Guy Candusso, a former First Vice President of the UN Staff Union, told IPS that while staffers should return to work in-person, but that will depend on various factors—including what mitigation measures the UN has taken, and will take, if the situation gets worse.

If the outbreak makes the UN a hazardous work environment, he asked, will staff be able to stay home?

In any case, he pointed out, the Organization should have a policy to allow exemptions and accommodations for staff (including for medical reasons and domestic situations where children are still home from school)

In Geneva, which is the second largest UN city, things are virtually back to normal. The UN meetings were mostly online and also in a hybrid mode – both in-person and online.

Prisca Chaoui, president of the 3,500-strong Staff Union at the UN Office in Geneva (UNOG), told IPS there is a gradual return to the office, and currently about 50% of staff are back in their offices. This is also due to Swiss protective measures like physical distancing still being in place.

As for guidelines on wearing masks, UNOG is abiding by the recommendations of the Swiss authorities, and is in close contact with the World Health Organization (WHO) and following their advice. Staff have no concerns whatsoever as all the protection measures have been put in place and being implemented in full, she added.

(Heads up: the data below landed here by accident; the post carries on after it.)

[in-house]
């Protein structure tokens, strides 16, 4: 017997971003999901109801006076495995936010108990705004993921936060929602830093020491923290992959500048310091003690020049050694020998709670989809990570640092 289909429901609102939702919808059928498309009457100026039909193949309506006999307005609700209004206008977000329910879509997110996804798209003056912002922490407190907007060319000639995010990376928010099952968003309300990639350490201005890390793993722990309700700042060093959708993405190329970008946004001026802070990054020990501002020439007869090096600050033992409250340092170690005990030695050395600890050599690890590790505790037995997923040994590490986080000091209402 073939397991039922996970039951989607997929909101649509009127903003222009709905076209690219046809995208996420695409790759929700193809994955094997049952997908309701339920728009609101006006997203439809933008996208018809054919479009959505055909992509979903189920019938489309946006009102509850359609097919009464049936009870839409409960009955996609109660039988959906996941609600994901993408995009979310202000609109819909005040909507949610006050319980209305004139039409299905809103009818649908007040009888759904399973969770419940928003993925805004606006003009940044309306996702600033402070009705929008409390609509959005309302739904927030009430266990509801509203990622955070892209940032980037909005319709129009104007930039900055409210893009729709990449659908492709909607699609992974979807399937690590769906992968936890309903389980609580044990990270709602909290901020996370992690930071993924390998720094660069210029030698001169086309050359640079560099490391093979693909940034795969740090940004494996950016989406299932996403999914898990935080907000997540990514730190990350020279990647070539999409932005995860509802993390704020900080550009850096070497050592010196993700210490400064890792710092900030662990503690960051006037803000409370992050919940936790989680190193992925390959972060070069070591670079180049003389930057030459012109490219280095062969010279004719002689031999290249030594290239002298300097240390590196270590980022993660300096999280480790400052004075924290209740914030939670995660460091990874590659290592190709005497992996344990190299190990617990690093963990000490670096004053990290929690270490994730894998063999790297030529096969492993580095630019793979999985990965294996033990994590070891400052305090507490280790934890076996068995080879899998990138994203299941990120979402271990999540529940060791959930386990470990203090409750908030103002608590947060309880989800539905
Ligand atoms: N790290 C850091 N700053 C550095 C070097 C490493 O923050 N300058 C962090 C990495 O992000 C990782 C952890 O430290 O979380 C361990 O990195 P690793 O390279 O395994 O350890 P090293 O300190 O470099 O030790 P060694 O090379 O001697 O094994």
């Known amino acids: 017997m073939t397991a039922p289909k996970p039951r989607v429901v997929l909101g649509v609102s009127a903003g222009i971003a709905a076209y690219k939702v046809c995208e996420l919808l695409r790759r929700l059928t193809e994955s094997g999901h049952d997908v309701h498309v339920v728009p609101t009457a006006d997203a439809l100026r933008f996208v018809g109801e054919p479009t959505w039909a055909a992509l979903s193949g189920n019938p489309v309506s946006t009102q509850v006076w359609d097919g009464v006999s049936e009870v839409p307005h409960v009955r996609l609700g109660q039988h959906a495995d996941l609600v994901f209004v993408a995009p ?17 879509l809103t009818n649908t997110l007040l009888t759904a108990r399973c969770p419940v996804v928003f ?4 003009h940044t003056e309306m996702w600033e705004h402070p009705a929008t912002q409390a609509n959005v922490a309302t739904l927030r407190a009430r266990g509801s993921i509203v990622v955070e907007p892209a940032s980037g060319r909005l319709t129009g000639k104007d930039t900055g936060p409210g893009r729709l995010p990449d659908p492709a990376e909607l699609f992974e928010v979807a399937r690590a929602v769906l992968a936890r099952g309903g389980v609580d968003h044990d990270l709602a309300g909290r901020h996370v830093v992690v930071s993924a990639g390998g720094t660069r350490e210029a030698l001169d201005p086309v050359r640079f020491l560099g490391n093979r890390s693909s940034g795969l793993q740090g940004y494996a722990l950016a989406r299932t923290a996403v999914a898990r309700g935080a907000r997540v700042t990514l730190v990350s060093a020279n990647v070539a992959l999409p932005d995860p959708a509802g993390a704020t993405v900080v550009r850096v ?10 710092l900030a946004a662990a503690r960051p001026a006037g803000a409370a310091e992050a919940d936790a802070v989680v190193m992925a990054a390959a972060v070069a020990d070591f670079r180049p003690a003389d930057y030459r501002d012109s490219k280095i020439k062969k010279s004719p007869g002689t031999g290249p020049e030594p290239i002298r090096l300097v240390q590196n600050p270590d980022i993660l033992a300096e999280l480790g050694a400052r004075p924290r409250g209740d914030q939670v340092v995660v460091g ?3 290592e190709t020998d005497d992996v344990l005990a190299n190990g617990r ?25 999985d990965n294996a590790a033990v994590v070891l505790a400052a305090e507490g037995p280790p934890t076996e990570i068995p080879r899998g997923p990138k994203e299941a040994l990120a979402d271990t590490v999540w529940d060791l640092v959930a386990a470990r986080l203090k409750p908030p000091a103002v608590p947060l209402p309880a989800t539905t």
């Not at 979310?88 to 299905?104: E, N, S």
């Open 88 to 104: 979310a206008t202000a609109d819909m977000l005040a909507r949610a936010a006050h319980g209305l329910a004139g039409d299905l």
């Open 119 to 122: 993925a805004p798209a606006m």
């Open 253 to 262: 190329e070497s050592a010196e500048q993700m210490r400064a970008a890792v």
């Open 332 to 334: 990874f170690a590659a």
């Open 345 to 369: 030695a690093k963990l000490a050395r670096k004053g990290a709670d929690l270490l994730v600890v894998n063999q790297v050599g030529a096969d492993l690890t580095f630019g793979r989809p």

While staff have never stopped working and delivering on the mandate of the Organization, many staff look forward to getting back to the office, Chaoui declared.

As the current 75th GA sessions comes to a close in early September, the outgoing President Volkan Bozkir said he advocated the value of in-person meetings throughout the 75th session and, following the application of appropriate measures, convened in-person meetings of the General Assembly throughout the year.

United Nations, spring 2020, under the grim sky (Photo by Erol Avdovic - WebPublicaPress)

United Nations, spring 2020, under the grim sky (Photo by Erol Avdovic – WebPublicaPress)

As the situation on New York improved, the President implemented an increase in the number of delegates in the General Assembly Hall from 1 to 1+1 and for the High-Level Week to 1+3.

To ensure that all Member States have an equal opportunity to participate in high-level week, the option for Member States to send a pre-recorded video statement was included, if delegations are unable to travel due to on-going COVID-related concerns.

This option, he said, was not intended to replace in-person attendance but rather provide delegations with an alternative means to attend that is mindful of the disparity in the implications of the pandemic on delegations, including due to the matter of vaccine equity.